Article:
Sign up for our free newsletter
Free D.C. news, delivered to your inbox daily.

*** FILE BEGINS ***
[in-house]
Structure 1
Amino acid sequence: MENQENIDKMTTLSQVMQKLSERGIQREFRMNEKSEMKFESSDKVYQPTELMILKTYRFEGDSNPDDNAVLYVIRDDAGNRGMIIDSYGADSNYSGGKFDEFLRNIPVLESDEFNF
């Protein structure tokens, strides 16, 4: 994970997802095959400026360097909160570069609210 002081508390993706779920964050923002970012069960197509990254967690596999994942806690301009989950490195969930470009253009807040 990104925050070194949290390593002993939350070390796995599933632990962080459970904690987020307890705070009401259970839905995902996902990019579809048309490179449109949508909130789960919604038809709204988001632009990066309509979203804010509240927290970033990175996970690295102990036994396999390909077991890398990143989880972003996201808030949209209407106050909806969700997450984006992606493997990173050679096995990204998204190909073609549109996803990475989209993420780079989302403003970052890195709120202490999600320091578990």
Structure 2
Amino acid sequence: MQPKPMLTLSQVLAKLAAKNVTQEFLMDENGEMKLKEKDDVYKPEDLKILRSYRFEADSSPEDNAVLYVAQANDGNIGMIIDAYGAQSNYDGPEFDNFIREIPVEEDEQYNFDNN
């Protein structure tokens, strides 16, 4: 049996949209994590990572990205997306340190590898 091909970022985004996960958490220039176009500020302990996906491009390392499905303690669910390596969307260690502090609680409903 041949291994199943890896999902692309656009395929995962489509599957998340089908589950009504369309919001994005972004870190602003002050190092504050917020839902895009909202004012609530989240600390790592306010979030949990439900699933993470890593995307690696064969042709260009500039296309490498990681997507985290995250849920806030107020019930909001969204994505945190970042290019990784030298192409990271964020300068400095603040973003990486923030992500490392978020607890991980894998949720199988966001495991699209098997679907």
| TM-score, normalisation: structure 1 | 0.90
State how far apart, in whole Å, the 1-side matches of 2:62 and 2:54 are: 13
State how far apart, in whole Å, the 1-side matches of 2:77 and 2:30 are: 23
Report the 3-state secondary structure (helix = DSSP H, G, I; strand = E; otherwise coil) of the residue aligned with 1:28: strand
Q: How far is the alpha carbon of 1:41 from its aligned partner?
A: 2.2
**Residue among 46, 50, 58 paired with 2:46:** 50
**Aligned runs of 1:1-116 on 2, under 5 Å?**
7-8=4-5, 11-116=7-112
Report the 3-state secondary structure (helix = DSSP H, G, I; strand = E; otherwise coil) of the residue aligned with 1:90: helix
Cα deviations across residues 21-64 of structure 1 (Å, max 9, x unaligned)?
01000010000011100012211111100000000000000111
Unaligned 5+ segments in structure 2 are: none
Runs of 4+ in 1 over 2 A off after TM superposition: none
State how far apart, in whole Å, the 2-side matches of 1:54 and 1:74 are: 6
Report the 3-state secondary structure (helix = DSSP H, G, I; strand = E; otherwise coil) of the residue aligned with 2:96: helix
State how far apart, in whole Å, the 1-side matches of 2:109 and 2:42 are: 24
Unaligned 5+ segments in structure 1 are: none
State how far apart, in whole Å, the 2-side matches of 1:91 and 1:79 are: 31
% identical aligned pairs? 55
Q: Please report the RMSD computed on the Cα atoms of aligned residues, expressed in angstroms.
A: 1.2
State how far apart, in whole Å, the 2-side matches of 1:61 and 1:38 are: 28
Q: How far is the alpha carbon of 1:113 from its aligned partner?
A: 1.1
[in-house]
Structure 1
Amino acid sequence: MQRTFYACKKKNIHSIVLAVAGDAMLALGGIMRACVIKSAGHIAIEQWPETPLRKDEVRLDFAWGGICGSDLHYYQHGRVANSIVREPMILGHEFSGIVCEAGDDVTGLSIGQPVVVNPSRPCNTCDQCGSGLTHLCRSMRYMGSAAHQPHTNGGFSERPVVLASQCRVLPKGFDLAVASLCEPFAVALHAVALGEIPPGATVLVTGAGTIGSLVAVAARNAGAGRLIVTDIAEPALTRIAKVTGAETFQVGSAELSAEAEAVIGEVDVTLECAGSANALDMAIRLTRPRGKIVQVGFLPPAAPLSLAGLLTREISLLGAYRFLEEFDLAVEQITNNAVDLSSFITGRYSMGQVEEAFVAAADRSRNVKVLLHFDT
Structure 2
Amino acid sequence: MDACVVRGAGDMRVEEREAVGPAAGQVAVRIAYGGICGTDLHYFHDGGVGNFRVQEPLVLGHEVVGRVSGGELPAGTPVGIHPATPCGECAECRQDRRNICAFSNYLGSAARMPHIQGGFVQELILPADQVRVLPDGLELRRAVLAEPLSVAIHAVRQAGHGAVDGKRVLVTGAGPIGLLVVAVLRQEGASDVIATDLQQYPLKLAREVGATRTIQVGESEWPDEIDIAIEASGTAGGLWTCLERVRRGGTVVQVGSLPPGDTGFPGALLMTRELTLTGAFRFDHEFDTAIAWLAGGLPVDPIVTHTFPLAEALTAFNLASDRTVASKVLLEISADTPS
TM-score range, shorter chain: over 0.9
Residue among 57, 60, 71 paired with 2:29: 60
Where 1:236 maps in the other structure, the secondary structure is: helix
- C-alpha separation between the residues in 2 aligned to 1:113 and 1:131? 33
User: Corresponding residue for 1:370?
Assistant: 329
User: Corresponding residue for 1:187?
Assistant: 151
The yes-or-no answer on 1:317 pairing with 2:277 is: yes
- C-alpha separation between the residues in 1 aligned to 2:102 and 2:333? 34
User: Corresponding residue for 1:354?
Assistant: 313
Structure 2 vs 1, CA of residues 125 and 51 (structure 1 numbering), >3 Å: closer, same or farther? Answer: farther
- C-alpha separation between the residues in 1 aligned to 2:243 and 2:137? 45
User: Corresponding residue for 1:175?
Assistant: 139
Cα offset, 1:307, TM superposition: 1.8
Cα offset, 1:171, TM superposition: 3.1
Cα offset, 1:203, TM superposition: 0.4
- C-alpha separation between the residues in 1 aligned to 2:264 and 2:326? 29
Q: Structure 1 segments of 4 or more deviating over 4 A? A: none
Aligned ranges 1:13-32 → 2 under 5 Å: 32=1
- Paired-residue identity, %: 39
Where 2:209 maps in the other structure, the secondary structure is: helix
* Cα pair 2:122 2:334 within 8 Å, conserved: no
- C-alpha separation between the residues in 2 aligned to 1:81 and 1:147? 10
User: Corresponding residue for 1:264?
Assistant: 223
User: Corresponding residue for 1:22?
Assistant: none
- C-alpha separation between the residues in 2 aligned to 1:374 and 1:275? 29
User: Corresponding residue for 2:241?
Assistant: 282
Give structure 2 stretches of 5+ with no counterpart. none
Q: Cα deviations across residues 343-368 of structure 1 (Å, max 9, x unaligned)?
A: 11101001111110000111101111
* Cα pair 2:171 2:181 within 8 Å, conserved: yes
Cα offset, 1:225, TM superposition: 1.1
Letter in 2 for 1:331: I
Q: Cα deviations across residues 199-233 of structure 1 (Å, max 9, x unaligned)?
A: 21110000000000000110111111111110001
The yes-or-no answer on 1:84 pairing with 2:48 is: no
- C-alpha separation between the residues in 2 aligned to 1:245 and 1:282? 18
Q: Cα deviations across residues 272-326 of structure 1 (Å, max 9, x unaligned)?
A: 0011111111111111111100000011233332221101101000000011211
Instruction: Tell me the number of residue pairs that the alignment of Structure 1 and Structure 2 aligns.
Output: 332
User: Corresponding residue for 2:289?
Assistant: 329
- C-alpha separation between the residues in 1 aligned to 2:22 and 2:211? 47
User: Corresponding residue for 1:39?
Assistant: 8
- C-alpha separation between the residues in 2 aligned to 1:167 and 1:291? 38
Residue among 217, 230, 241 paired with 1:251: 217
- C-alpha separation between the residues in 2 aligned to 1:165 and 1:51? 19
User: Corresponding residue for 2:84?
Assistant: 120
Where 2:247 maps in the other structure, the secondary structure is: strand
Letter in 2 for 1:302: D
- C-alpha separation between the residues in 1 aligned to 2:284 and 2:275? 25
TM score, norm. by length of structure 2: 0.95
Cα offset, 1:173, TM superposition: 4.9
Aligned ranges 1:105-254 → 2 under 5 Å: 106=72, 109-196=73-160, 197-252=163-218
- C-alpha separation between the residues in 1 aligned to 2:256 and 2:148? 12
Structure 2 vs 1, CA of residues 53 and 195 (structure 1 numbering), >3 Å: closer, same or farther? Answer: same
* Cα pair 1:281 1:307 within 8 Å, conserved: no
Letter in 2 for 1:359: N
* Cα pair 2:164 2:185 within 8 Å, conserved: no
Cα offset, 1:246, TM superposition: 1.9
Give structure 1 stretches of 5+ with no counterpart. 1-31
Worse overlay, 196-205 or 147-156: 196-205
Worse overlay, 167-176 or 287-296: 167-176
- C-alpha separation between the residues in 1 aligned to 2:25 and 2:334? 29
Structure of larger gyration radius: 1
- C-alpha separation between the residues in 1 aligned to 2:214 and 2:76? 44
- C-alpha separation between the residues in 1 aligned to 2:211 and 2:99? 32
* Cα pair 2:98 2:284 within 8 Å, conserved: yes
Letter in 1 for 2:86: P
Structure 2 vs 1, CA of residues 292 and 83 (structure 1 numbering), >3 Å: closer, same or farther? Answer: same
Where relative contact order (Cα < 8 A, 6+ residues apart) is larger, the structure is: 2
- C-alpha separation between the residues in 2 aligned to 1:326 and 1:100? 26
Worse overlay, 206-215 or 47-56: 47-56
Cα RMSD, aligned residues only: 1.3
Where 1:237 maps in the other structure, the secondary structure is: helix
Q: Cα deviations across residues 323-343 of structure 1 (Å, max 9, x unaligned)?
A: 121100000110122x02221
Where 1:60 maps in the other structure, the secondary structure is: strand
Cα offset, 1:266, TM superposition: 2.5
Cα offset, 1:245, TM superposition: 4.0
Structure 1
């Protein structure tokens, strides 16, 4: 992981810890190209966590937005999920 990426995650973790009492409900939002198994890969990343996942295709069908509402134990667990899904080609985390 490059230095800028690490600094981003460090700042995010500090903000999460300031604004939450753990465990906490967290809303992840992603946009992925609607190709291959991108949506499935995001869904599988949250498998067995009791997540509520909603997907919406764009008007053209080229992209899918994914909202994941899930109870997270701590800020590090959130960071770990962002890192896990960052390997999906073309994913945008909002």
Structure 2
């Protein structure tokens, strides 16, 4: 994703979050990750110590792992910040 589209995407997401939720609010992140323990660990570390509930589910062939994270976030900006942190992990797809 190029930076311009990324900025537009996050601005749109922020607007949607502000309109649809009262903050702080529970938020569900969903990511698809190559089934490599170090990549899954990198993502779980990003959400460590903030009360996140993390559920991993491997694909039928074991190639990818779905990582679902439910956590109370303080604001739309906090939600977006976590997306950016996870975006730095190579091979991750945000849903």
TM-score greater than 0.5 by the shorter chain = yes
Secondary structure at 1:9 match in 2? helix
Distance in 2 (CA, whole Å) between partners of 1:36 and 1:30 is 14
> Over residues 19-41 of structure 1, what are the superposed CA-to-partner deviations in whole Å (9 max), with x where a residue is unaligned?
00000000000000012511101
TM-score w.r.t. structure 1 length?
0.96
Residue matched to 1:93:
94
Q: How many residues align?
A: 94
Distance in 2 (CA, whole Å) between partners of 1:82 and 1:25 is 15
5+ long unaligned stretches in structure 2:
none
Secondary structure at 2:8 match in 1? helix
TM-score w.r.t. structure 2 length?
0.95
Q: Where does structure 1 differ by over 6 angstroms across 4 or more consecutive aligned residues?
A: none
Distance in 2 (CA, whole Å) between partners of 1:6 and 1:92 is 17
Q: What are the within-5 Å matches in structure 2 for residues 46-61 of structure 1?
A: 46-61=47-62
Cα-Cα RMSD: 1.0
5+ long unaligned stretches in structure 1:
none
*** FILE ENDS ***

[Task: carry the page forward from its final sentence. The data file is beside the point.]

Remember what it was like to leave your house at 7 a.m. only to be gobbled up by humidity resembling the unstoppable pink goo in 1988’s The Blob? Remember when it was impossible to get through the day in dry clothes or without a rash on your thighs? Remember what it was like to stand still in the shade, only to emerge like a greased swine ready for hog-tying? For much of June and part of July this year, global warming suddenly got very real—with temperatures climbing as steep as 106 degrees. Right in the middle of the swelter, the derecho came around to knock the power out, making A/C a sought-after commodity. The heat even forced Metro tracks to expand, causing three cars on the Green Line to derail during rush hour on July 6, on the tenth consecutive day of 95-degrees-plus. But we were not alone. According to the National Oceanic and Atmospheric Administration, it was the third-hottest summer nationwide since the United States began keeping track of temperature averages in 1895 (only last year and 1936 were as hot or worse). So don’t complain if it gets a little chilly this winter; the way things are going, this could be one of the last cold ones.